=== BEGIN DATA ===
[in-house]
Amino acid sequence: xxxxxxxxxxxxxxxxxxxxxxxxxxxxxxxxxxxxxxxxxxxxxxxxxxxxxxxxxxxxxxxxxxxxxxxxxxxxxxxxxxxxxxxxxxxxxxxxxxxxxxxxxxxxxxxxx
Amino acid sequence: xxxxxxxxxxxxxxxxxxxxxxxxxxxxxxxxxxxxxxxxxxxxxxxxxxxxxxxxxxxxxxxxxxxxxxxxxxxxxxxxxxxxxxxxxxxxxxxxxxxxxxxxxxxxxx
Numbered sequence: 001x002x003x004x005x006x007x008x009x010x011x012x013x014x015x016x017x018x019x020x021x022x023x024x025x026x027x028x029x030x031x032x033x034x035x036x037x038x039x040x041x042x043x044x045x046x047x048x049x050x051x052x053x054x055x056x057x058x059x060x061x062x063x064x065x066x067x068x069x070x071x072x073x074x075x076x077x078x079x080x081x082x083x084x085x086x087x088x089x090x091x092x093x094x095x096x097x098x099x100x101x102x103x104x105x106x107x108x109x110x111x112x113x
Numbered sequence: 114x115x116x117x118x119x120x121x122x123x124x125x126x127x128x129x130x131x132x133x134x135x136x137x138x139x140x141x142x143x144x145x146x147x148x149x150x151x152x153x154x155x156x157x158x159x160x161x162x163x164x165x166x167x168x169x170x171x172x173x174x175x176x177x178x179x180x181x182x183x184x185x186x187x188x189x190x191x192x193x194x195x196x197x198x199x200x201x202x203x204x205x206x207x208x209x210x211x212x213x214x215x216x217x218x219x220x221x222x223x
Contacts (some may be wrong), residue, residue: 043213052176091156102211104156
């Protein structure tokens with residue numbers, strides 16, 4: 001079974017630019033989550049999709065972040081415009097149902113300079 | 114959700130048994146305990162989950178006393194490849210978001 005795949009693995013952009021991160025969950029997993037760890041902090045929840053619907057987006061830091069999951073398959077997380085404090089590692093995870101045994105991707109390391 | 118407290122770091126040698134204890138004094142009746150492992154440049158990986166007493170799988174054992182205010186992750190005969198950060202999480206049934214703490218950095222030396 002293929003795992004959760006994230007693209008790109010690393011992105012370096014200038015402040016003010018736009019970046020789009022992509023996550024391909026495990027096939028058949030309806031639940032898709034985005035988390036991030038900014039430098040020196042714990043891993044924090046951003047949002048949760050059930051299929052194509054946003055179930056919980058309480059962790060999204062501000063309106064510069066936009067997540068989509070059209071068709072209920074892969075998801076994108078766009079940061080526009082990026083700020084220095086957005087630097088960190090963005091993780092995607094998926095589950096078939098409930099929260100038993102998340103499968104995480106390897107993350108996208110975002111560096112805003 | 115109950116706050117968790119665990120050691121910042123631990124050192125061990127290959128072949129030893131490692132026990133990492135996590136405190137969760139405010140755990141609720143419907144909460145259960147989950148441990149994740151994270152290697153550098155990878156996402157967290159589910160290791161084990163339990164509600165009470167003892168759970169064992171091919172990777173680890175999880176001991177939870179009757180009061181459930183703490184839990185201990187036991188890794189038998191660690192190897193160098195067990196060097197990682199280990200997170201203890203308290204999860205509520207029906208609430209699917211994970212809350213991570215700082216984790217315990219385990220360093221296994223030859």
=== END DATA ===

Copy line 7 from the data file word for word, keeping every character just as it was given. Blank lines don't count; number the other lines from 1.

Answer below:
């Protein structure tokens with residue numbers, strides 16, 4: 001079974017630019033989550049999709065972040081415009097149902113300079 | 114959700130048994146305990162989950178006393194490849210978001 005795949009693995013952009021991160025969950029997993037760890041902090045929840053619907057987006061830091069999951073398959077997380085404090089590692093995870101045994105991707109390391 | 118407290122770091126040698134204890138004094142009746150492992154440049158990986166007493170799988174054992182205010186992750190005969198950060202999480206049934214703490218950095222030396 002293929003795992004959760006994230007693209008790109010690393011992105012370096014200038015402040016003010018736009019970046020789009022992509023996550024391909026495990027096939028058949030309806031639940032898709034985005035988390036991030038900014039430098040020196042714990043891993044924090046951003047949002048949760050059930051299929052194509054946003055179930056919980058309480059962790060999204062501000063309106064510069066936009067997540068989509070059209071068709072209920074892969075998801076994108078766009079940061080526009082990026083700020084220095086957005087630097088960190090963005091993780092995607094998926095589950096078939098409930099929260100038993102998340103499968104995480106390897107993350108996208110975002111560096112805003 | 115109950116706050117968790119665990120050691121910042123631990124050192125061990127290959128072949129030893131490692132026990133990492135996590136405190137969760139405010140755990141609720143419907144909460145259960147989950148441990149994740151994270152290697153550098155990878156996402157967290159589910160290791161084990163339990164509600165009470167003892168759970169064992171091919172990777173680890175999880176001991177939870179009757180009061181459930183703490184839990185201990187036991188890794189038998191660690192190897193160098195067990196060097197990682199280990200997170201203890203308290204999860205509520207029906208609430209699917211994970212809350213991570215700082216984790217315990219385990220360093221296994223030859």